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From gabriele renzi <rff....@gmail.com>
Subject Re: How do vector clocks and conflicts work?
Date Tue, 06 Apr 2010 19:28:01 GMT
On Tue, Apr 6, 2010 at 9:11 AM, Paul Prescod <prescod@gmail.com> wrote:
> This may be the blind leading the blind...
> On Mon, Apr 5, 2010 at 11:54 PM, Tatu Saloranta <tsaloranta@gmail.com>
> wrote:
>>...
>
>>
>> I think the key is that this is not automatic -- there is no general
>> mechanism for aggregating distinct modifications. Point being that you
>> could choose one amongst right answers, but not what to do with
>> concurrent modifications. So what is done instead is have
>> application-specific resolution strategy which makes use of semantics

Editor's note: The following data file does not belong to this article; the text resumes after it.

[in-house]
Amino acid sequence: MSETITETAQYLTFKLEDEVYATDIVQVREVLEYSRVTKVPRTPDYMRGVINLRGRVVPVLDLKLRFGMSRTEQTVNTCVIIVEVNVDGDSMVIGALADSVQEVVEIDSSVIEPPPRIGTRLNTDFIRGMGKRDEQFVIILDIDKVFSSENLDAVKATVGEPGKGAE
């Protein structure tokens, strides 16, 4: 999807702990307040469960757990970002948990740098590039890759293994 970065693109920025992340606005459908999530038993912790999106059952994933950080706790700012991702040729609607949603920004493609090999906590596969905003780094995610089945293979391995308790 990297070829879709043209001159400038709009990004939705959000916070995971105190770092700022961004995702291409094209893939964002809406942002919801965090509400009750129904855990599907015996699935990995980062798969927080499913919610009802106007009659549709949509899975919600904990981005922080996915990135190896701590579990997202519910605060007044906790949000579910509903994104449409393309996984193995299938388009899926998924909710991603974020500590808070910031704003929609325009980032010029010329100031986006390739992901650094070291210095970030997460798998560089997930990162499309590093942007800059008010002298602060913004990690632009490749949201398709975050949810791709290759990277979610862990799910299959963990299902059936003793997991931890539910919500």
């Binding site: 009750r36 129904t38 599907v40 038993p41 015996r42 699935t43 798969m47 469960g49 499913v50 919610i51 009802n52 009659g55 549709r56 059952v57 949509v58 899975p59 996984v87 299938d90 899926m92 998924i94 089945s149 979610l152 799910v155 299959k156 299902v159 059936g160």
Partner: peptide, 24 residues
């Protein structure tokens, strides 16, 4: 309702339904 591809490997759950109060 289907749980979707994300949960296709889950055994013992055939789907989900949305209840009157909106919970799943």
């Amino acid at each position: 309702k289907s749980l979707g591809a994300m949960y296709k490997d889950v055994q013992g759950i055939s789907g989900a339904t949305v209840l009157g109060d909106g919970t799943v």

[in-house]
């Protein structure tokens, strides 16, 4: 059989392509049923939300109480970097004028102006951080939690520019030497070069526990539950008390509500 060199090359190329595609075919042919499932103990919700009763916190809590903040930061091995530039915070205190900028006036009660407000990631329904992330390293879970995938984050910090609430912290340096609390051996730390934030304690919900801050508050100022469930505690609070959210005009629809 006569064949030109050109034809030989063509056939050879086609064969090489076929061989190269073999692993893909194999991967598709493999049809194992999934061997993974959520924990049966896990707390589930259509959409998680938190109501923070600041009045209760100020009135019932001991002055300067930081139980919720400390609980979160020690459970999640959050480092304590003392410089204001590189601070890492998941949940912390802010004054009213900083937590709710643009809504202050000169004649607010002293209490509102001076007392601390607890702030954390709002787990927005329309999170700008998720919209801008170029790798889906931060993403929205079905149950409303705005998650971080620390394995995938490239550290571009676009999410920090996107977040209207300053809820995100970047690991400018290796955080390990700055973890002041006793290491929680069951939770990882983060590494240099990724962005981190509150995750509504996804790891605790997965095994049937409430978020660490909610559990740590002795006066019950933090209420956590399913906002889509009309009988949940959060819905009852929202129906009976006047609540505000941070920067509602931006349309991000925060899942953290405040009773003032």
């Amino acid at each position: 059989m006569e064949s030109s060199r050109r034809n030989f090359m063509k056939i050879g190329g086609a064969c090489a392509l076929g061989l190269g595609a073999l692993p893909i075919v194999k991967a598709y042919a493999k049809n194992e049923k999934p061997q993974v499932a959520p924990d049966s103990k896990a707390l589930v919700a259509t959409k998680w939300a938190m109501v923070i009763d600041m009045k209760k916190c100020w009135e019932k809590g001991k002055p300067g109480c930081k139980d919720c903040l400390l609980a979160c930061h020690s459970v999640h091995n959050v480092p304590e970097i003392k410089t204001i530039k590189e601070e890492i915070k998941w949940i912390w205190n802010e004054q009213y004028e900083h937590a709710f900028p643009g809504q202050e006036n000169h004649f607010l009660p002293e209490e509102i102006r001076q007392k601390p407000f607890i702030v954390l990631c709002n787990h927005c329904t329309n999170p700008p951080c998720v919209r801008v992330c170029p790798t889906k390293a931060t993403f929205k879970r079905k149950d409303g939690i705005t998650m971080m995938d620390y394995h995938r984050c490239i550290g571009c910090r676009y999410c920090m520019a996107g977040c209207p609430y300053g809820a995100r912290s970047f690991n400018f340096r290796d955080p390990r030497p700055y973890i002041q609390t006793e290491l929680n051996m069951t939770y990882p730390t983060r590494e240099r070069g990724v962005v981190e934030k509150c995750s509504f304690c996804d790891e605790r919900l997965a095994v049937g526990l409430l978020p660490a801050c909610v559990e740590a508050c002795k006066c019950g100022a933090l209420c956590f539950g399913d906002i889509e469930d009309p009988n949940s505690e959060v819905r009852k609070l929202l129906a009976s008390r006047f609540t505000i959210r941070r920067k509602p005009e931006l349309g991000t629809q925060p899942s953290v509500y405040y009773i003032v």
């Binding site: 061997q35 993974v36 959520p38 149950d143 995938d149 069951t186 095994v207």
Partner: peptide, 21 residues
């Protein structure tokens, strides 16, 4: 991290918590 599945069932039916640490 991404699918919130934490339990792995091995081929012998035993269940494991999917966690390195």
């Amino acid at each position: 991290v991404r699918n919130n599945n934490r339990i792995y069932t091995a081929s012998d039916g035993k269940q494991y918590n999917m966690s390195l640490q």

>> of operations, to know how to combine such concurrent modifications
>> into "correct" answer.
>
> I agree with all of that.
>
>>
>> I don't know if this is trivial for case of
>> counter increments: especially since two concurrent increments give
>> same new value; yet correct combined result would be one higher (both
>> used base, added one).
>
> As long as the conflict resolver knows that two writers each tried to
> increment, then it can increment twice. The conflict resolver must know
> about the semantics of "increment" or "decrement" or "string append" or
> "binary patch" or whatever other merge strategy you choose. You'll register
> your "strategy" with Cassandra and it will apply it. Presumably it will also
> maintain enough context about what you were trying to accomplish to allow
> the merge strategy plugin to do it properly.

as long as operations are commutative, isn't the conflict resolution
simply "apply all" ? A large number of useful operations can be
implemented this way (numeric incr/decr, set ops etc)

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